Kobine Festival

Every year around October, the Kobine (pronounced "Kó-bin-ah") festival is celebrated in Lawra, Ghana. It serves as both a harvest celebration and as a homecoming for people who have left Lawra. People come to Lawra from as far away as Accra (capital of Ghana) or Ouagadougou (capital of Burkina Faso) to join in the festival. The Kobine festival lasts four days.

Most out-of-town guests arrive on the first day. This gives them a time to visit with their family and friends. It's also a day of rest for those who have traveled from far away.

the procession The second and third days are the official festival days. The festival begins with the procession of the traditional chiefs. Each festival participant is clothed with their most beautiful smocks while walking under huge parasols. The procession is led to the festival ground by a group of men portraying elephant "hunters". The "hunters" are dressed in traditional hunting atire, including bows and arrows, and "hunt" a small group of "elephants". These "elephants" are another small group of men holding huge, dried elephant ears, which are waved back and forth. These "hunters" and "elephants" are accompanied by a large group of musicians and drummers from the Lawra Chief's (Lawra Naa's) palace. An incredible amount of people watch the performance which starts at the Lawra Naa's palace and continues to the festival grounds. There's lots of dust and excitement in the air.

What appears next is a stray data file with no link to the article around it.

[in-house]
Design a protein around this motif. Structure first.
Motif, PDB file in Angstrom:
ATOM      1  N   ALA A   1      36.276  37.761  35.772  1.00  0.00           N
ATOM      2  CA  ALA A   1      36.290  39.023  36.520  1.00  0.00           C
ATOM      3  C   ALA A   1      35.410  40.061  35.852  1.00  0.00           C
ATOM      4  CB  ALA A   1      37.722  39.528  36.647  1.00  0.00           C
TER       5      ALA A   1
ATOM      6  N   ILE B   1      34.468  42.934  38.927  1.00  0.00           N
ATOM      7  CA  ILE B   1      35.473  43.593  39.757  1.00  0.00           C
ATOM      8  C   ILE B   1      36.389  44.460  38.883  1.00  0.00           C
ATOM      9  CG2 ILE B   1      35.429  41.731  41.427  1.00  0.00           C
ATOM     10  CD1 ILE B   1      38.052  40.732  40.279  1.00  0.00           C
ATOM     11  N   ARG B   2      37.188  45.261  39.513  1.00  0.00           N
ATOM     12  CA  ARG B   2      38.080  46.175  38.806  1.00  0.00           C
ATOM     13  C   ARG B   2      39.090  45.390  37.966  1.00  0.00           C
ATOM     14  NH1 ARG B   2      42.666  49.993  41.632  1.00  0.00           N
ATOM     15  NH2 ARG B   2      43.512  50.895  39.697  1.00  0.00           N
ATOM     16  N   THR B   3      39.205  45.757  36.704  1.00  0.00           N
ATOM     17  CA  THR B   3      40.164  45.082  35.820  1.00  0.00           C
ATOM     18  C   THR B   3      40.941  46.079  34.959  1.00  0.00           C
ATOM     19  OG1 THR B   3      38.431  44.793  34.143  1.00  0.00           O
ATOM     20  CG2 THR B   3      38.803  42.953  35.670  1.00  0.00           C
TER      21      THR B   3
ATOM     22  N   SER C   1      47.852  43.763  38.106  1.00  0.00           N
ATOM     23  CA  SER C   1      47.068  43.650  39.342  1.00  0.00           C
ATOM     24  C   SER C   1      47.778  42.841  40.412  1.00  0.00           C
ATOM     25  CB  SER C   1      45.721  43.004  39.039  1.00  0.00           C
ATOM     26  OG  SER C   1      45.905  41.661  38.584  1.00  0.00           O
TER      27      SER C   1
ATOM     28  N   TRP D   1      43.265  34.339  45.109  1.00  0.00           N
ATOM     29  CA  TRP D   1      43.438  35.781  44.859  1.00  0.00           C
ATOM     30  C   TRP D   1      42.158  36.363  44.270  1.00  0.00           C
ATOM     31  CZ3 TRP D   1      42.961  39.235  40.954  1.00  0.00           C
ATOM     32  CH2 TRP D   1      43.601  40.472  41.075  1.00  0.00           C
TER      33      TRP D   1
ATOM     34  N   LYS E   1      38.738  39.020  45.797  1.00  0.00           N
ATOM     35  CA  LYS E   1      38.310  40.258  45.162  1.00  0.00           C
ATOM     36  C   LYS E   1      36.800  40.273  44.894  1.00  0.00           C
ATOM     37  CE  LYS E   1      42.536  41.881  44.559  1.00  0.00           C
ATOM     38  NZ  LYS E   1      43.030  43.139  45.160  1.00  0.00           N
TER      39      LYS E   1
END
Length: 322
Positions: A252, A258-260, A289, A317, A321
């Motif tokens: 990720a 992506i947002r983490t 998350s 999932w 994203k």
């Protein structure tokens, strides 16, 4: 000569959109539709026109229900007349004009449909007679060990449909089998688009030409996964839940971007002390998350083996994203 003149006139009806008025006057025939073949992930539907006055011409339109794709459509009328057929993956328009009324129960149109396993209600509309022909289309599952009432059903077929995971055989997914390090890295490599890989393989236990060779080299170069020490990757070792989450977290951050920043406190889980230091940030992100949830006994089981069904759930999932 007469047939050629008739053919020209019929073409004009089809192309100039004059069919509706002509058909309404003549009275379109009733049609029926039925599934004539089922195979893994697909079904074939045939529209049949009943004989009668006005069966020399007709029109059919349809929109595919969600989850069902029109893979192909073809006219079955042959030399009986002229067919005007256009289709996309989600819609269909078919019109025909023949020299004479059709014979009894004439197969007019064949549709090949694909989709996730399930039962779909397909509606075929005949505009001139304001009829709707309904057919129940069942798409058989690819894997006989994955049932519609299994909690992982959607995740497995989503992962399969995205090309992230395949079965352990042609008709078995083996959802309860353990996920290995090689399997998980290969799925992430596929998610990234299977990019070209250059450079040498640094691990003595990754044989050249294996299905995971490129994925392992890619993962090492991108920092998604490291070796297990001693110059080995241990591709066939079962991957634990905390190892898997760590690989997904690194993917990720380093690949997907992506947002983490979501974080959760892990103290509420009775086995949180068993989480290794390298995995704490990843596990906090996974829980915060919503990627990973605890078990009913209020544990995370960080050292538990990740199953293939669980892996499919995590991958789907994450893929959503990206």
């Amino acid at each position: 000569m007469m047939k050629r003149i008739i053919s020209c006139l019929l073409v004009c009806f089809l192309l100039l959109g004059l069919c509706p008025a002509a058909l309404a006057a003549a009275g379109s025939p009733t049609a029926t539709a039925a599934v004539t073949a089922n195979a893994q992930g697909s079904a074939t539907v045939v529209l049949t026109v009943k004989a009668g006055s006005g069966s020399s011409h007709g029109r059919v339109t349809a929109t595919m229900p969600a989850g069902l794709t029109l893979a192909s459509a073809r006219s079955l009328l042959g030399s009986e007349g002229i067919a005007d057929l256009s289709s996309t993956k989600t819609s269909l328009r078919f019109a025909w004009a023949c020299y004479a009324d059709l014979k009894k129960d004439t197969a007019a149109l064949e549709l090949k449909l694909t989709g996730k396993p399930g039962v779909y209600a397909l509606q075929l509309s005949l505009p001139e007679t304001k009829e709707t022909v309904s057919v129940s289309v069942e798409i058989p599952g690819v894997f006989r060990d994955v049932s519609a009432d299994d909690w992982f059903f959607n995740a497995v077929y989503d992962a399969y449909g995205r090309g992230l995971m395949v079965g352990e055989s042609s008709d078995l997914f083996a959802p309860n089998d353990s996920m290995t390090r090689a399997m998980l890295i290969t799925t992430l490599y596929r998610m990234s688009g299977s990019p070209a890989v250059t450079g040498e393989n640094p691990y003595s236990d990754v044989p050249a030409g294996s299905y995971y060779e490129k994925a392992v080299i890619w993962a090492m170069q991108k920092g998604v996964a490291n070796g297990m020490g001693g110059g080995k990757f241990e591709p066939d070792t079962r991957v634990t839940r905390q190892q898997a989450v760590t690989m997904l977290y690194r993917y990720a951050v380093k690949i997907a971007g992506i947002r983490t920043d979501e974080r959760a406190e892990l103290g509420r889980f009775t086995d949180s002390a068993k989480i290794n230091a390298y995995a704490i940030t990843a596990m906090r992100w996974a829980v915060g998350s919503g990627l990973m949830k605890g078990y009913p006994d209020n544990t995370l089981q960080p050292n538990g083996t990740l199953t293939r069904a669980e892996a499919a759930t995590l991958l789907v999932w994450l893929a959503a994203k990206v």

The ceremonies continue with speeches by the Lawra Naa, the Lawra District Administrator, as well as other honored guests. After the speeches the festival continues with a dancing competition between groups from different villages. big men on display

drummers and dancres Besides the official program, the Kobine festival is full of music and dancing. For the last years there has also been an all night outdoor disco. Last year's Kobine festival (1996) included the first ever "Miss Kobine competition".

During the Kobine festival the market is not in the usual market square but rather on the festival grounds. The market is larger than usual and there are lots of things to buy. You can find beautiful Ghanaian cloths, calabashes, food, and bicycles. You can also buy traditional artifacts such as antelope horns, skins, elephant bones and feet, and xylophones. traditional artifact on display

And of course every one is drinking pito - the local drink brewed of sorghum - and all the pubs are crowded. The last festival day is for saying good-bye to family and friends - and to recover from the hang over!

Special thanks goes to Ms. Auli Starck and Mr. Antto Vihma for this page of the Navrongo and Lawra HomePage. Their contribution of text and pictures made this possible. If you have any questions on the Kobine festival or anything else, you can reach them at:


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Last updated on March 9, 2004.

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